Problems with leaky ducts

The following diagrams show some of the problems with leaky ducts.

The first diagram shows a leak on the “return” side of the system.  This pressurizes the house, pushing interior air out through “natural” leakage paths.  Either to the outside air, or into the attic.  The diagram shows a summer situation.  In winter the air leaving the house would be warm and humid.  When moving through the walls, or into the attic, it will condense water inside the walls or in the attic space.

If the return leak is in a basement (or garage) pollutants will enter the air stream here. That’s a problem quite apart from the waste of energy in reconditioning the lost conditioned air.

The diagram shows just one leak.  In practice both the return and supply side will have leaks – unless the installation contractor has done a really good job.  What symptoms the house will show will depend on where the bigger aggregate leaks are.  Either way energy is wasted.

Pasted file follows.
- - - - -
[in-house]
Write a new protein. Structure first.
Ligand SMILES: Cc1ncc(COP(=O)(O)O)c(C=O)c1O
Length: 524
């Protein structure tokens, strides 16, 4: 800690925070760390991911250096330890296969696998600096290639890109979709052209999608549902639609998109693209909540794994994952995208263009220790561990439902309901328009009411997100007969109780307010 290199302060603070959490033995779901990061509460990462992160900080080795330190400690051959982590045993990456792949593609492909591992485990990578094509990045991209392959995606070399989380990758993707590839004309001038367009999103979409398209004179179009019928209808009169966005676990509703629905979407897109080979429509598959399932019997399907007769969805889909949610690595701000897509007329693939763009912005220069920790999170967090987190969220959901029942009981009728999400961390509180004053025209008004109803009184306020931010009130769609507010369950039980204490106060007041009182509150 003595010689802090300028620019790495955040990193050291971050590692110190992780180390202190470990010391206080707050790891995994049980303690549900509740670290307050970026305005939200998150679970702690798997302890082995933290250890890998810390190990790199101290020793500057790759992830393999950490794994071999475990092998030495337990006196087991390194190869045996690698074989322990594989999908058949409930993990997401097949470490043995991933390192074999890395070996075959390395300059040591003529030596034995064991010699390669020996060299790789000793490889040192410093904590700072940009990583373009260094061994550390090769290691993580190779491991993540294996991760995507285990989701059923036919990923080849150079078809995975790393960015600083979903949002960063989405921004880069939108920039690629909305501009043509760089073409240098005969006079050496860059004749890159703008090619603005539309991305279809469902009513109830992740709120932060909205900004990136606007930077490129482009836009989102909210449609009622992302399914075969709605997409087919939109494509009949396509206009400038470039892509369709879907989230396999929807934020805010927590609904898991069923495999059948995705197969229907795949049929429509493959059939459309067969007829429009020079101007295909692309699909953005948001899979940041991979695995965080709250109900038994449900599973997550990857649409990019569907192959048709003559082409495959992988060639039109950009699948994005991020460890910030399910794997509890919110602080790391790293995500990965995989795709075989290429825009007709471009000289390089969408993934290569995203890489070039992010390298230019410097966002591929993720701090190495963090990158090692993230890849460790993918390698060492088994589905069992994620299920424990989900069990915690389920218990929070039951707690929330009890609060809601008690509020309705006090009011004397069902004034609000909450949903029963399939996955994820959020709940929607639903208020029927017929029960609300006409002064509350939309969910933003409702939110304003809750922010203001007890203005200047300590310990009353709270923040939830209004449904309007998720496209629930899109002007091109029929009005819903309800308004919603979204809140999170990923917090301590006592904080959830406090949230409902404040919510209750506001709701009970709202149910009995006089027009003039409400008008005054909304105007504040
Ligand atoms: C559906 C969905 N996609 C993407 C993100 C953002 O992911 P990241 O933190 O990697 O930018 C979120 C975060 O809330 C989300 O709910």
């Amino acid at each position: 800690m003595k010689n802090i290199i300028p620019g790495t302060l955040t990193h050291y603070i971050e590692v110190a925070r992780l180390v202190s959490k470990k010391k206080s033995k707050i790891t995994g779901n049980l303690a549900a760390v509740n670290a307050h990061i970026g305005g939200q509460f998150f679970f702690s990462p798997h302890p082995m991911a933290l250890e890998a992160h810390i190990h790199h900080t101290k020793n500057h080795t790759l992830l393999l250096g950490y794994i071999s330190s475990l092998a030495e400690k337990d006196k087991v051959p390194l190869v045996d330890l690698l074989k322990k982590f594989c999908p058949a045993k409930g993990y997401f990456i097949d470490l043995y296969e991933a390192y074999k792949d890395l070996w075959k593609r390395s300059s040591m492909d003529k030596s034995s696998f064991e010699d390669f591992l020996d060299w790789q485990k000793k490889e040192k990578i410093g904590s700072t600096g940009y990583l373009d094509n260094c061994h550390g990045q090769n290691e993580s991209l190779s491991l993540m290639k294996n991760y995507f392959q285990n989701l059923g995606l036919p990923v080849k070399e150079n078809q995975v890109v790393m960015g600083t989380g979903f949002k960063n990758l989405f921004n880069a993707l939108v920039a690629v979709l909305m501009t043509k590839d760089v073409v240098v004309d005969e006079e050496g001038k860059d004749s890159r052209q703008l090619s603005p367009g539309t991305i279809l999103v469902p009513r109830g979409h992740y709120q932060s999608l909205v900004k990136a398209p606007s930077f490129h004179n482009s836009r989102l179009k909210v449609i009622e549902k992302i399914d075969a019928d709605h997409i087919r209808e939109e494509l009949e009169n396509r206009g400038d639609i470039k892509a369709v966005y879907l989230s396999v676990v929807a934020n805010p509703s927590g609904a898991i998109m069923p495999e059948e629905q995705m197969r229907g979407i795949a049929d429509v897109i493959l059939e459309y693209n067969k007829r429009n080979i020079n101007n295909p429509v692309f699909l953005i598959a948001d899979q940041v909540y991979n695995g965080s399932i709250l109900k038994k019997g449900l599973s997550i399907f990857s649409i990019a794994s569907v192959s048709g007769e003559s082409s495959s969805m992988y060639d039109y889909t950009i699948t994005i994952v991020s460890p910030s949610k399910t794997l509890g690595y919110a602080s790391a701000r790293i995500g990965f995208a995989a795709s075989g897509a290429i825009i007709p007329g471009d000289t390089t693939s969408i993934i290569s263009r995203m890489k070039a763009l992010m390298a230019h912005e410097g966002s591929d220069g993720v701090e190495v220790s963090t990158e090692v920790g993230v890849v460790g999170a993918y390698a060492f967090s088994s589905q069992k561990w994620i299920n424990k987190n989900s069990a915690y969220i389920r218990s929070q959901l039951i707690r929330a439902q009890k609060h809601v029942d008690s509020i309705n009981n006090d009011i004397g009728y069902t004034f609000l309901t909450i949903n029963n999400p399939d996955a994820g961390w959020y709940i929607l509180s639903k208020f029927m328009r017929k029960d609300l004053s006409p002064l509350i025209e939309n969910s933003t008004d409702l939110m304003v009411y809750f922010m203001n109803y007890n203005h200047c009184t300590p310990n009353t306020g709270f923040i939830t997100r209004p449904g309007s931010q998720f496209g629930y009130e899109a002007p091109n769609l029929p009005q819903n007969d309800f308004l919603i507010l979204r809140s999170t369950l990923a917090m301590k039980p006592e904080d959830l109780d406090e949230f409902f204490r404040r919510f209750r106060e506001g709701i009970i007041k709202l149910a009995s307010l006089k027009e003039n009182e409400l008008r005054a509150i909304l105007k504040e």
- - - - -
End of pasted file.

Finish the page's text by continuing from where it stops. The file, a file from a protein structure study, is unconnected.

The next diagram shows a leak in the supply side of the distribution system.  The house is now at a lower pressure than the outside, and unconditioned air comes into the house through every possible pathway.  This diagram shows a winter condition.  The occupant will feel cold breezes and lower comfort.  The leak, often into an unconditioned space like the basement, garage or attic wastes heat.

I really should have another diagram – just being lazy – to show this same picture in summer.  Then we have warm, humid air hitting the relatively cool inside walls and ceiling.  Again, water will condense out against those cooler surfaces, and will, in all probability case mold growth.

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